Fancy your own Wolf Hall? These properties boast superb Tudor features, fit for a king — or Queen.
Half a mile from St Margaret’s Bay, an attractive seaside village nestling in the famous White Cliffs of Dover, is this ancient, nine-bedroom manor house which is described by the agents as ‘one of the most historically important Grade II listed houses in the area.’
There has been a house here for a thousand years or so — the property is mentioned in the Doomsday Book — but much of the appearance of the place as it stands now dates to the Gibbon family’s ownership in the 16th century.
There are six bedrooms, a beamed wine cellar and also a cottage and hut that come with the sale.
There is a date of 1664 carved above the door of Lower Hardacre, but this is actually a Tudor house dating to 1587 — the 1664 was a refurbishment and extension almost a century later at this superb, stone-built home near Bentham, sandwiched between the Forest of Bowland and the Yorkshire Dales.
The place could do with some updating, but it’s a fine, spacious four-bedroom family home with lovely gardens, fishing rights and some wonderful features — not least the stone mullioned windows and a wonderfully cosy inglenook fireplace.
In the village of Wood Bevington, near Alcester, this Grade II*-listed manor house is a fascinating mix of architectural styles, with its original Tudor H-plan layout having evolved and expanded into a beautiful 4,800sq ft home.
It’s a beautifully-kept, six-bedroom home with a wealth of original features, many of which are rare and unusual — the windows alone would be the pride of many houses, while the wood pannelled drawing room and stone floor in the dining room are all beautiful.
This grand and imposing country house near Westbury — with its train links to Bath, Bristol and the south coast — is an ancient home that has been updated beautifully; or ‘seamlessly transitioned into the 21st century’, as the agents describe it.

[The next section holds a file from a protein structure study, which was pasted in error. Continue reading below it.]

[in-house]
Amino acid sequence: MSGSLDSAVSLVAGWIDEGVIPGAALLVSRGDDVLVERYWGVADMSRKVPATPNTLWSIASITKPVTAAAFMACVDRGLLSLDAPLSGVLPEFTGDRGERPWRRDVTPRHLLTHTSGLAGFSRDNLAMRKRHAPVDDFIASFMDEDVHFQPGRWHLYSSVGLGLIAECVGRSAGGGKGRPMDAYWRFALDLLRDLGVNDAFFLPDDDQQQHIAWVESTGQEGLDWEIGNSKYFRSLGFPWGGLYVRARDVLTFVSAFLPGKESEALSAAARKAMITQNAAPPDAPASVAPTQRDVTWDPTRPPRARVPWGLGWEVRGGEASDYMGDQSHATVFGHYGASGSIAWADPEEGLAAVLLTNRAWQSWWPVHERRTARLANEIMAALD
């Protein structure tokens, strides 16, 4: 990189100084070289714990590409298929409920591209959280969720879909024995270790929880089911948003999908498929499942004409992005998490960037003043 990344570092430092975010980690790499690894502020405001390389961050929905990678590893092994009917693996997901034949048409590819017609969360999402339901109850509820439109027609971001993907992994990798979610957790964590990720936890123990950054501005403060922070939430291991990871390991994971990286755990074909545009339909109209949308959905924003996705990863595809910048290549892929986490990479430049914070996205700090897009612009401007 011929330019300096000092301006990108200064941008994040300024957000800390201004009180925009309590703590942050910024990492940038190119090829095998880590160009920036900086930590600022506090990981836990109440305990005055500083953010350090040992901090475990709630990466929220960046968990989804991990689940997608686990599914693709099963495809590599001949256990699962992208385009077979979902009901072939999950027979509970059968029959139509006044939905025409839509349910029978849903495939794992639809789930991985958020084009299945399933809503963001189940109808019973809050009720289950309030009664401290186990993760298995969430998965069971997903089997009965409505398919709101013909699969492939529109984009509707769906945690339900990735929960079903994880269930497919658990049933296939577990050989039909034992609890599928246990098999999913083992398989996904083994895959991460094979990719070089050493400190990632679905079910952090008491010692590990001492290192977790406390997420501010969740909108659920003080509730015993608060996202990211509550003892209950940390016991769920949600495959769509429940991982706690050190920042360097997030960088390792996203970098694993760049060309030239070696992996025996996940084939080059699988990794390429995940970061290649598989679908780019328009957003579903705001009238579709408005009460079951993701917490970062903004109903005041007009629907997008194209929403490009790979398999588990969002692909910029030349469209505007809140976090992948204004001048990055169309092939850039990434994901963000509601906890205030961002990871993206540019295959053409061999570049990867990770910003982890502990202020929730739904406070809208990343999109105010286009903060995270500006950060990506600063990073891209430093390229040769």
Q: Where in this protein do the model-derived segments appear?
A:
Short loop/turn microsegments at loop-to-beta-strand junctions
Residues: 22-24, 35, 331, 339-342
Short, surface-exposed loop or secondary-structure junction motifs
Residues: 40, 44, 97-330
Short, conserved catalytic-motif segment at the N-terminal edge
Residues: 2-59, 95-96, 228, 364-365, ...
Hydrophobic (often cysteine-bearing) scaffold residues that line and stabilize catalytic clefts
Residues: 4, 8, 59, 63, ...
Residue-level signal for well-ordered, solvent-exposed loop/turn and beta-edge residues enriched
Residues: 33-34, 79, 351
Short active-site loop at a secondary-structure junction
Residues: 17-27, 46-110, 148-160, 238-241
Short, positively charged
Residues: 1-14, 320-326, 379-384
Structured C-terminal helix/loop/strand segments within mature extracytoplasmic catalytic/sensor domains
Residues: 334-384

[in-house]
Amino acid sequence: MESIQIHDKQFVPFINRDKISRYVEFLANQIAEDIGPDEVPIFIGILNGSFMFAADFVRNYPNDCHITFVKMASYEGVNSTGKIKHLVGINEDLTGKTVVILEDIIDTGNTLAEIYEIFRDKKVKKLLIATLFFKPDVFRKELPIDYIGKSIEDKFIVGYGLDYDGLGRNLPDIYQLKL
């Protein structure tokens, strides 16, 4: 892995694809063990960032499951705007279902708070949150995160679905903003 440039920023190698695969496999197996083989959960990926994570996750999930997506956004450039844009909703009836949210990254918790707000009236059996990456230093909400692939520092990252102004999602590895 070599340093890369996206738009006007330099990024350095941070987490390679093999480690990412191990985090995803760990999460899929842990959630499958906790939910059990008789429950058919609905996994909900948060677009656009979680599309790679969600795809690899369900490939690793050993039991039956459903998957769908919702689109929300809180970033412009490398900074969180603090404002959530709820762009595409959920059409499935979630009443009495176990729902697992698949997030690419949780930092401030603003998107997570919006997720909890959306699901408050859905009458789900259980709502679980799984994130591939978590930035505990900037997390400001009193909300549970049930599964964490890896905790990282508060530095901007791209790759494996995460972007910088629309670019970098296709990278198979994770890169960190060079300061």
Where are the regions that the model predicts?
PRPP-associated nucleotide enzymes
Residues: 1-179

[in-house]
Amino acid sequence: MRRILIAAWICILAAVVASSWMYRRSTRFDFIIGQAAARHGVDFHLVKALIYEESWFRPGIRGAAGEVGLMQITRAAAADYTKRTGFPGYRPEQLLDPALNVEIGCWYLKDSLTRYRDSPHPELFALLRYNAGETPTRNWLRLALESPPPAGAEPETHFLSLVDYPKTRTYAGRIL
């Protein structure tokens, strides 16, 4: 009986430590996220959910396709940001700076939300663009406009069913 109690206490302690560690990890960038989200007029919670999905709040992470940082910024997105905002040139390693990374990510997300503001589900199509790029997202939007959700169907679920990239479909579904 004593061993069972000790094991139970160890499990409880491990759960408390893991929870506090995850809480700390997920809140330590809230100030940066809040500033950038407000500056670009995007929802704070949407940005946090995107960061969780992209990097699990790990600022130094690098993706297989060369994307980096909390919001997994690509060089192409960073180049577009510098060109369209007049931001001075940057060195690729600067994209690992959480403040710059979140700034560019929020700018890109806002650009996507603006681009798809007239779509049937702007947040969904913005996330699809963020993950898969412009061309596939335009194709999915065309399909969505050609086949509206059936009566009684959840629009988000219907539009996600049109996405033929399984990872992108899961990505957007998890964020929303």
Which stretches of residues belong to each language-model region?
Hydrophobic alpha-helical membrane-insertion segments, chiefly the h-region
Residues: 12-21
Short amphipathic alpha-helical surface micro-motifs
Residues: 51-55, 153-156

There is evidence of a house at Brembridge Manor as far back as the 13th century but it earns a place in this round-up thanks to an incredibly illustrious former occupant: Elizabeth I herself, who is recorded as the owner of the place in 1574.
It’s not huge — there are just four bedrooms, and 1.6 acres — but it’s full of charm, not least because of the perfectly-in-keeping furniture and fittings used by the present owners during their sympathetic updating.
Manor Farm, not far from Bicester, is a late 16th century home set within 30 acres of pretty grounds in a location that’s superbly easy to get to thanks to its relative closeness to the M40.
As well as the main five-bedroom house there are barns, medieval fish ponds and pretty period features, from beams and fireplaces to a kitchen-diner with a flagstone floor.
Catch up on the best country houses for sale this week that have come to the market via Country Life.
Sphinx, one house of a small community built on Pharoah's Island, is set on half an acre of land and
We select five royal retreats—including one chosen by Henry VIII and Anne Boleyn—where you can spend the night.